Creating a Custom DVD or CD for Troubleshooting and Eliminating Viruses


Ever have a friend ask you to help them repair their computer only to find that its so bloated with malware that you think they should just nuke the site from orbit? Some recent malware can be quite difficult to remove. In these sorts of situations you might try an alternative approach: boot from a CD-ROM or DVD and run the repair tools while the virus-laden operating system (OS) is offline. There are other recovery tasks most easily performed while the OS is offline, but I spend more time helping people with malware than doing anything else for them.

How to create a bootable disc? You could do it with Linux, but then you’d have to learn another OS, I prefer to stick with Windows. Besides, there are a lot of useful tools already available for Windows. You may have heard of the Windows Preinstallation Environment (Windows PE or simply PE) that has been available to computer vendors for years. Microsoft made it available to everyone a few years ago, and I’ve found it to be extremely useful. There are several ways to create a customized Windows PE disc, the simplest approach is to use the Microsoft Deployment Toolkit (MDT) that some colleagues of mine in the Solutions Accelerators Team (SAT) at Microsoft created. You’ll need several gigs of storage space to download and use everything described below, make sure you have enough room before you start!

  1. Download and install MDT 2010, you can use the default values for the installation.
  2. Download Windows Automated Installation Kit (AIK) for Windows 7 and burn the disc image to a DVD. Run StartCD.exe from the DVD to install the AIK on your computer. Once again, you can use the default values for the installation. This is a big file, if you have an MSDN subscription I suggest that you download it from there because the MSDN downloader can resume interrupted downloads from where they left off.
  3. Download malware scanning tools and other utilities designed for offline use. There are a lot of free antimalware tools available, but for this troubleshooting disc you need those that will work in offline mode, I’ve been able to use Microsoft’s Malicious Software Removal Tool, Alwil Software’s avast! Virus Cleaner, and McAfee AVERT Stinger with ease.
  4. To create a Deployment Share in MDT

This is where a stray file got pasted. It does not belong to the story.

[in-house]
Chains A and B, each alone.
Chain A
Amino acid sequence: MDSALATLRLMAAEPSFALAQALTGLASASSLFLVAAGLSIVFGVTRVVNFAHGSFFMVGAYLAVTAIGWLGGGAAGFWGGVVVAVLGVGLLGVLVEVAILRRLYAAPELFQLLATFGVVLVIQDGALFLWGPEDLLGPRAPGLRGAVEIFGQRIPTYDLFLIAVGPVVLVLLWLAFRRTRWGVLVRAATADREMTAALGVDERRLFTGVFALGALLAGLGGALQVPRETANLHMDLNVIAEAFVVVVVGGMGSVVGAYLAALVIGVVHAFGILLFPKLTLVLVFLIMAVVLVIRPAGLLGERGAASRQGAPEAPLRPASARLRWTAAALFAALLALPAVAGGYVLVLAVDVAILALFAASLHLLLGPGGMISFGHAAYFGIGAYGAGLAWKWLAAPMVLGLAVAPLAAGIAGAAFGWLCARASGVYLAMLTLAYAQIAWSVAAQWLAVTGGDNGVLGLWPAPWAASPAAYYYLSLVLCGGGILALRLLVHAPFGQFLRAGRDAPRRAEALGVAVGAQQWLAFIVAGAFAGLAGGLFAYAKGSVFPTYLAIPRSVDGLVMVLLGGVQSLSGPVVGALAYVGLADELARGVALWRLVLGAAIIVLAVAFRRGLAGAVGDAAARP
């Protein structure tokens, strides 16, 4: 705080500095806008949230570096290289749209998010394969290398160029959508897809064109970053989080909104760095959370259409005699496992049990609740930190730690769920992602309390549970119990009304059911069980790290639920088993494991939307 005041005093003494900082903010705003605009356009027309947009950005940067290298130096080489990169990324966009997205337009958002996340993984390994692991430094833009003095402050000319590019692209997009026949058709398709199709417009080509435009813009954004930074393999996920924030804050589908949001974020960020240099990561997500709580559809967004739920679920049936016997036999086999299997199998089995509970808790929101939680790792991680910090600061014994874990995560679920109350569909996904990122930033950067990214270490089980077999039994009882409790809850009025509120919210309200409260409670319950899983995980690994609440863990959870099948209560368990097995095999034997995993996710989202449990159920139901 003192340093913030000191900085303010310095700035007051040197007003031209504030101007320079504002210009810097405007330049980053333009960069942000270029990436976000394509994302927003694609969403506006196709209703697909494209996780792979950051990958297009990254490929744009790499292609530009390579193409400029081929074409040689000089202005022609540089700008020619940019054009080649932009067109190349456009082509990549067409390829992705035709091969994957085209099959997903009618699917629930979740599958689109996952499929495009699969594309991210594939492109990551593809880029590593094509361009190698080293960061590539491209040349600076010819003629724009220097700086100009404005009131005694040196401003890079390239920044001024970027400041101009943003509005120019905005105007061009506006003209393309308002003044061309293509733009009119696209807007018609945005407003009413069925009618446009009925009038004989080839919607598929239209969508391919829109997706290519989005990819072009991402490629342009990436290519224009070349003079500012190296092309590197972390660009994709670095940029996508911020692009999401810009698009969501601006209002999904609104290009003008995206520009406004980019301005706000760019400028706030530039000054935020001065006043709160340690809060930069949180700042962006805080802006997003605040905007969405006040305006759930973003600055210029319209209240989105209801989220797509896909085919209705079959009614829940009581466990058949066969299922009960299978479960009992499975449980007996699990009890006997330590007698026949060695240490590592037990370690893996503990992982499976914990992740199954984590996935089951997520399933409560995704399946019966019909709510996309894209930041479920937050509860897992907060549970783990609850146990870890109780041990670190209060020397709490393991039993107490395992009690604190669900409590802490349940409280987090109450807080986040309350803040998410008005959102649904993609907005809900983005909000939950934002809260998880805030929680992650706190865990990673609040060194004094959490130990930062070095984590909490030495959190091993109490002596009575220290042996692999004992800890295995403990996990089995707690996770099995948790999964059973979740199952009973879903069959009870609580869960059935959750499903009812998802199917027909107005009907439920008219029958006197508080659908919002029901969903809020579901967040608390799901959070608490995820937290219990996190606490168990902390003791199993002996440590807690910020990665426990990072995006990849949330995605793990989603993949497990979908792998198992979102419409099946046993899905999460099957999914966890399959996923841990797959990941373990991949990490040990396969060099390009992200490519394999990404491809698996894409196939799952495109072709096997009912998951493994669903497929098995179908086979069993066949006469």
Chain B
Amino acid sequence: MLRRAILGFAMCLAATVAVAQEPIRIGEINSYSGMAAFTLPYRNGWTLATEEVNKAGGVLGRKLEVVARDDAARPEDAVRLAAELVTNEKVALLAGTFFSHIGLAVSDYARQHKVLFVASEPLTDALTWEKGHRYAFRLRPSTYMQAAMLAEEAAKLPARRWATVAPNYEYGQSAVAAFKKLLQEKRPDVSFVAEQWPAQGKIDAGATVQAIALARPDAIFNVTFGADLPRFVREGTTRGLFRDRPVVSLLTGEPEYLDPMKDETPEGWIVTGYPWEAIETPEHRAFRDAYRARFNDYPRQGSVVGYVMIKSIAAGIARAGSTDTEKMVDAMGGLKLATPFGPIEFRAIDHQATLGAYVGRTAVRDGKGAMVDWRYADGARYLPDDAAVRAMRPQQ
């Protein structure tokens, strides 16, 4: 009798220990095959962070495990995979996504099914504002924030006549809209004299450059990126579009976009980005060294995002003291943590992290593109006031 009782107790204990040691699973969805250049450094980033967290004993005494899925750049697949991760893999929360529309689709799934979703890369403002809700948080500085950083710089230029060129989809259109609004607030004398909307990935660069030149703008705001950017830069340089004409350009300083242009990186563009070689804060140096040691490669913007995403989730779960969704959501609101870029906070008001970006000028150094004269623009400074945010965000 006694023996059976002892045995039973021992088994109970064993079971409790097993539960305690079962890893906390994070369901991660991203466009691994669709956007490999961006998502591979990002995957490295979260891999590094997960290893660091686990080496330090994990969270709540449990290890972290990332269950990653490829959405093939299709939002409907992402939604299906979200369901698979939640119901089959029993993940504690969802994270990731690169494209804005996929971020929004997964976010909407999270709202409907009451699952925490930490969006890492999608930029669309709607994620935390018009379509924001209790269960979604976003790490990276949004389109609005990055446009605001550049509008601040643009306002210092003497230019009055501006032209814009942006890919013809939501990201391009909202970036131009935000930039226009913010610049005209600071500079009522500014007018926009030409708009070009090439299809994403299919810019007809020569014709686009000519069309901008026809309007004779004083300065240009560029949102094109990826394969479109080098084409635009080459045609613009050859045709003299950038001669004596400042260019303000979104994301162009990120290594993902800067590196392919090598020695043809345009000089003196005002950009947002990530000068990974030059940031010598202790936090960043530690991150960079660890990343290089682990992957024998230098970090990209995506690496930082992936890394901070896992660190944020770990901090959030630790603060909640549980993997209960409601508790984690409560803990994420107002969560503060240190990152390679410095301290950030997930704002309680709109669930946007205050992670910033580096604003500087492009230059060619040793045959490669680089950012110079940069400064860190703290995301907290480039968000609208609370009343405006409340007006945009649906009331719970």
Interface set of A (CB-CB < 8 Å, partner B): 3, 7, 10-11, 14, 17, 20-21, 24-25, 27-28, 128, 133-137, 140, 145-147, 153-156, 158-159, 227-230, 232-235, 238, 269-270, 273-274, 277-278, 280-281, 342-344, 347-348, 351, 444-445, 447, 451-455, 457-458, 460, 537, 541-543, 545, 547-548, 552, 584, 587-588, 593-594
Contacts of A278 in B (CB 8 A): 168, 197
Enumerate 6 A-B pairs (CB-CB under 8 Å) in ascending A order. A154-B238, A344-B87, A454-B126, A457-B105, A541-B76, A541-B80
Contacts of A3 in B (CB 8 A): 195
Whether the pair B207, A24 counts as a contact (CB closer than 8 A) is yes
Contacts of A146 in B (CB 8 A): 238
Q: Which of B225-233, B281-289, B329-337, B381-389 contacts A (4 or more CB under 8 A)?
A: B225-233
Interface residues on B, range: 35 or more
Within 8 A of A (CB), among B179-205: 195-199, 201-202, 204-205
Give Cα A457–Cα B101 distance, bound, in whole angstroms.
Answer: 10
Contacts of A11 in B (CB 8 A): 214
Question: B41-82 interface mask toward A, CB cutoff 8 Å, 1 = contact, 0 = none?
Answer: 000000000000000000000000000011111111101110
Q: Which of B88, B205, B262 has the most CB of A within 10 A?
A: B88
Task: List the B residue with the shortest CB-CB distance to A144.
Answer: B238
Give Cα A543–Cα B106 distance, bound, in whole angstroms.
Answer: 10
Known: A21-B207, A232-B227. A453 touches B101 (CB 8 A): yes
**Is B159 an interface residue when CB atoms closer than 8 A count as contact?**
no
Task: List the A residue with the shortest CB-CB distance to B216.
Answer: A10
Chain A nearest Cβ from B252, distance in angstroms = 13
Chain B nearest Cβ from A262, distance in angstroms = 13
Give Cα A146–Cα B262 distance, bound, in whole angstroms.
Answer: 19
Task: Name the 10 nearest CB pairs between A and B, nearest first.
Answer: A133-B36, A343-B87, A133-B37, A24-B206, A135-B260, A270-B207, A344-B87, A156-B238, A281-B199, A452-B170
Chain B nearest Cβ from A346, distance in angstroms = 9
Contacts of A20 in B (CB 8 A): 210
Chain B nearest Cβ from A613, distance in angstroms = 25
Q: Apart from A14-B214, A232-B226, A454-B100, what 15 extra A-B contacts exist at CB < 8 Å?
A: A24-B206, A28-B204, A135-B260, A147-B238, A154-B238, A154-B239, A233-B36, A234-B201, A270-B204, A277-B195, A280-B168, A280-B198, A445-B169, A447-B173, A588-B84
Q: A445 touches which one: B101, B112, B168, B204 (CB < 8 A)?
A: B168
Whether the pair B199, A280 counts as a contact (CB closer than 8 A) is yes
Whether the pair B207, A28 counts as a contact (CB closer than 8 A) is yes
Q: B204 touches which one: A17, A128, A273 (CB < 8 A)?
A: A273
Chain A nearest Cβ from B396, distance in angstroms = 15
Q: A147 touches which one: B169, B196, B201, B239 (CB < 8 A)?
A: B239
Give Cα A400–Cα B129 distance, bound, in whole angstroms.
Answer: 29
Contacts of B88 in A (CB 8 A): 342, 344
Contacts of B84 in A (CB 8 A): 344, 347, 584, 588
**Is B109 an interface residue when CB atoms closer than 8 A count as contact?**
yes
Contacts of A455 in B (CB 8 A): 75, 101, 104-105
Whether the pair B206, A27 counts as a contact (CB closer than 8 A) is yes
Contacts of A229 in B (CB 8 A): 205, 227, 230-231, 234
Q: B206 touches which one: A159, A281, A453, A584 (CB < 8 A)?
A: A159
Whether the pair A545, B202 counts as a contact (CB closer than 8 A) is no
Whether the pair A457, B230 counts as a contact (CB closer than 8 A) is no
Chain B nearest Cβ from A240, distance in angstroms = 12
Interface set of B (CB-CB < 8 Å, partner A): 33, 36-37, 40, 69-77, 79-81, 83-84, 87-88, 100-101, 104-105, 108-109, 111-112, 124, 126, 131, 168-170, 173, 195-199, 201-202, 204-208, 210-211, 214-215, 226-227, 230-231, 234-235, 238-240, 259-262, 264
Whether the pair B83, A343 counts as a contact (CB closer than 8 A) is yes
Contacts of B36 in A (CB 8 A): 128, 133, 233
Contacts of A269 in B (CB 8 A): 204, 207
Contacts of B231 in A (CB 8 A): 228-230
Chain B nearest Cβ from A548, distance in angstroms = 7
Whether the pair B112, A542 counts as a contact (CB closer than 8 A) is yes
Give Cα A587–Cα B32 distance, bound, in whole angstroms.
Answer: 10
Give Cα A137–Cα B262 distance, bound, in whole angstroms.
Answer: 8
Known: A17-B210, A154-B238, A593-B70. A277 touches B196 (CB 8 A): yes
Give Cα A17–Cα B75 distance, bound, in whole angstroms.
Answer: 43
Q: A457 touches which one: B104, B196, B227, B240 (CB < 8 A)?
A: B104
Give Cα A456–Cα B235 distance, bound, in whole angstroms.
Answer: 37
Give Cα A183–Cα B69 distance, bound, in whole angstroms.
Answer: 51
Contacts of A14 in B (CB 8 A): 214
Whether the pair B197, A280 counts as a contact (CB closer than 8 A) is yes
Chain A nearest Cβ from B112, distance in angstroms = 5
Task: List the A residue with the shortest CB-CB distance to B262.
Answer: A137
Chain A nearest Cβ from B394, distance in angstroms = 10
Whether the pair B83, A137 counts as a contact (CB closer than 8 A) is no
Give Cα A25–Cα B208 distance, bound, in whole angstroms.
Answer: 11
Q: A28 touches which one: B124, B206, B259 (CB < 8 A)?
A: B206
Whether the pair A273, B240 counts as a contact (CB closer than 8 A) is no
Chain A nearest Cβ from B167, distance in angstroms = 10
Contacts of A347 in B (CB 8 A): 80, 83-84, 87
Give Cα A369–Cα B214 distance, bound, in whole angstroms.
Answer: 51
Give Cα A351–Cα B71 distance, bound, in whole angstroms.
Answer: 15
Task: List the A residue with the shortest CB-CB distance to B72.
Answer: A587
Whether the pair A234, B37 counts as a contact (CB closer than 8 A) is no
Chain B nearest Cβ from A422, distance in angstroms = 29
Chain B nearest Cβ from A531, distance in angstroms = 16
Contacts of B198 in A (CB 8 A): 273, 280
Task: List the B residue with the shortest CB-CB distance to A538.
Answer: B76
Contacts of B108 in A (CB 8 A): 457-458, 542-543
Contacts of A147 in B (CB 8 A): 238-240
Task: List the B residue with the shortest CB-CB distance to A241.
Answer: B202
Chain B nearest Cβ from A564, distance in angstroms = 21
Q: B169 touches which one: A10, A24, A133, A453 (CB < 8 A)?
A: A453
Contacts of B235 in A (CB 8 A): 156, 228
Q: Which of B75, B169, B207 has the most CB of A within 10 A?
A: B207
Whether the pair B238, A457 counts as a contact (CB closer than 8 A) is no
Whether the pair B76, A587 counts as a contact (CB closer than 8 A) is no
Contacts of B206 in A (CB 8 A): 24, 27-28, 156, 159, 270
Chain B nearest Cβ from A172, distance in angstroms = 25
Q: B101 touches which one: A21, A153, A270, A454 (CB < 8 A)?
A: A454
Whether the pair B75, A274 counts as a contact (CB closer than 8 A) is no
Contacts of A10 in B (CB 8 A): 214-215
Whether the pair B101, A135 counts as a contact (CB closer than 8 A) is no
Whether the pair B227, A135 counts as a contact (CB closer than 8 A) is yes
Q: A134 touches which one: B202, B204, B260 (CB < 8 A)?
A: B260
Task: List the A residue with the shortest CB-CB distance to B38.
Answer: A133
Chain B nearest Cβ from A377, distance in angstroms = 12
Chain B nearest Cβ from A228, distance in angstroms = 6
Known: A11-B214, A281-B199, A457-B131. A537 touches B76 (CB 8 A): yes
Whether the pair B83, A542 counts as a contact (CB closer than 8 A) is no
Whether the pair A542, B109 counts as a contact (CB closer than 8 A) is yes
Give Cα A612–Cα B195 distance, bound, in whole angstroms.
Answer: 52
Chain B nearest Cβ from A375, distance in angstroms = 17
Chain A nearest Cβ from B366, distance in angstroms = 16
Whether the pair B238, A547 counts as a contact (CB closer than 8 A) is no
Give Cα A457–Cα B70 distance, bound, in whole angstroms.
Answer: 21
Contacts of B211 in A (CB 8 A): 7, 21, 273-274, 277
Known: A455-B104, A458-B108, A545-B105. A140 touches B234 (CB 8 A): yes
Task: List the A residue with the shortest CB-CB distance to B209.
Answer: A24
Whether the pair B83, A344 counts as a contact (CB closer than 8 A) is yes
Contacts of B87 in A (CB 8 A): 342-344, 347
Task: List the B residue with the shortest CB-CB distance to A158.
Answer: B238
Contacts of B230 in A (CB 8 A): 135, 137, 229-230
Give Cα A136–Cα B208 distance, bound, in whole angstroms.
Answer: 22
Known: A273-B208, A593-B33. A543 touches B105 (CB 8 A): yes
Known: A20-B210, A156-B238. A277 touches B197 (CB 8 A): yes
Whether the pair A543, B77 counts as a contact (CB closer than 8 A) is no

1. Open Deployment Workbench from the Start Menu.
    2. In the console tree expand Deployment Workbench and right-click Deployment Shares.
    3. Select New Deployment Shares and specify a location for the deployment share such as C:\Deploymentshare.
    4. Accept the default values for the rest of the options and complete the wizard.
  5. You’re ready to create the troubleshooting disc, to do so
    1. In the console tree expand Deployment Workbench and right-click Deployment Shares.
    2. Right-click the deployment share you created in the details pane and select Properties.
    3. Select the Windows PE x86 Settings tab and click Generate a Generic Windows PE WIM File.
    4. Enter an Image Description such as Offline Troubleshooting.
    5. Select Generate a generic bootable ISO image.
    6. Enter an ISO file name such as Troubleshooting_Disc.iso.
    7. Next to Extra Directory to Add enter the path to the folder where you saved the malware and troubleshooting tools in task 3.
    8. Set the scratch space size to: 128.
    9. Click on OK.
    10. Right click on the Deployment Share and choose Update Deployment Share.
    11. Click on Next two times, and then click Finish.
    12. Burn the iso image file to a CD-ROM or DVD, it will be located in a directory called Boot folder in the deployment share folder, e.g. c:\Deploymentshare\Boot folder\Troubleshooting_Disc.iso.

Your troubleshooting disc is ready to go, when you boot the stricken system the system drive is X:, and you’ll find your troubleshooting tools in the root of that drive.

This brief article has only brushed the surface of what’s available in MDT, if you have to manage more than a few PCs or if you have to install Windows frequently then you should look at what else it has to offer. MDT greatly simplifies the tasks involved in creating and maintaining installation images and deploying those images to different computers.

Kurt Dillard

kurtdillard.com

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2 Responses to “Creating a Custom DVD or CD for Troubleshooting and Eliminating Viruses”

  1. John Dangerbrooks says:

    Now, don’t let my Grammar professor catch you, or he’ll be lecturing you on Coherence and Cohesion in style of writing!

    Anyways, there is a considerably better version of this tutorial from available from Microsoft: Malware Removal Starter Kit.

    http://www.microsoft.com/downloads/details.aspx?familyid=6cd853ce-f349-4a18-a14f-c99b64adfbea&displaylang=en

  2. Kurt Dillard says:

    John,
    I agree that the MSRK is valuable, but there are major differences between the current version of the MRSK and what I wrote in this brief article:

    1. This is based on WAIK 3.0 and Windows 7, the current MRSK uses WAIK 1.0 and Windows XP.
    2. This uses MDT 2010 which simplifies creating and maintaining the bootable image file, for example, you don’t have to manually load and edit the registry.
    3. Using MDT 2010 means that you can update the malware utilities in the image, in the current MSRK you have to restart from scratch in order to update the utilities.
    4. Using MDT 2010 means that you can easily add custom hardware drivers to the image, or use PXE to boot the infected computers from the network rather than a disc.

    Nevertheless, the current version of the MSRK has a lot of useful information and its worth a read.